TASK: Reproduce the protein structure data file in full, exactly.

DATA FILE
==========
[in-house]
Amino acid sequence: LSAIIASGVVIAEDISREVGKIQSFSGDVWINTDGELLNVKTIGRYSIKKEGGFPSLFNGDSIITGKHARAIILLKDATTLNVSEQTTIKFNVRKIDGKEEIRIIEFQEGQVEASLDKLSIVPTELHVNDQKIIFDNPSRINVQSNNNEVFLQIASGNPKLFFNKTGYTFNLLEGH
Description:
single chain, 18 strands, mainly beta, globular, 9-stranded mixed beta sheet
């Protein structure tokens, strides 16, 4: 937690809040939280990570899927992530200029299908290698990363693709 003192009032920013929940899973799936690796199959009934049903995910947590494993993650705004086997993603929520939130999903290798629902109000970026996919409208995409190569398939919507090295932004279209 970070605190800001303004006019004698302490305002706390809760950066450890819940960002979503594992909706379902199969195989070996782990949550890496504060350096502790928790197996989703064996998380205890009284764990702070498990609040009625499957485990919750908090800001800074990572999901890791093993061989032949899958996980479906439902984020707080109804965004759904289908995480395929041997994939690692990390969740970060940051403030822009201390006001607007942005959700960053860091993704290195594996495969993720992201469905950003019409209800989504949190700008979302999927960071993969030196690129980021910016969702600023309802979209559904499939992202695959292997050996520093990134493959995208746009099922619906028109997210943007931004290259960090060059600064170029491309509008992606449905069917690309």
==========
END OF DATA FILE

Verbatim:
[in-house]
Amino acid sequence: LSAIIASGVVIAEDISREVGKIQSFSGDVWINTDGELLNVKTIGRYSIKKEGGFPSLFNGDSIITGKHARAIILLKDATTLNVSEQTTIKFNVRKIDGKEEIRIIEFQEGQVEASLDKLSIVPTELHVNDQKIIFDNPSRINVQSNNNEVFLQIASGNPKLFFNKTGYTFNLLEGH
Description:
single chain, 18 strands, mainly beta, globular, 9-stranded mixed beta sheet
């Protein structure tokens, strides 16, 4: 937690809040939280990570899927992530200029299908290698990363693709 003192009032920013929940899973799936690796199959009934049903995910947590494993993650705004086997993603929520939130999903290798629902109000970026996919409208995409190569398939919507090295932004279209 970070605190800001303004006019004698302490305002706390809760950066450890819940960002979503594992909706379902199969195989070996782990949550890496504060350096502790928790197996989703064996998380205890009284764990702070498990609040009625499957485990919750908090800001800074990572999901890791093993061989032949899958996980479906439902984020707080109804965004759904289908995480395929041997994939690692990390969740970060940051403030822009201390006001607007942005959700960053860091993704290195594996495969993720992201469905950003019409209800989504949190700008979302999927960071993969030196690129980021910016969702600023309802979209559904499939992202695959292997050996520093990134493959995208746009099922619906028109997210943007931004290259960090060059600064170029491309509008992606449905069917690309």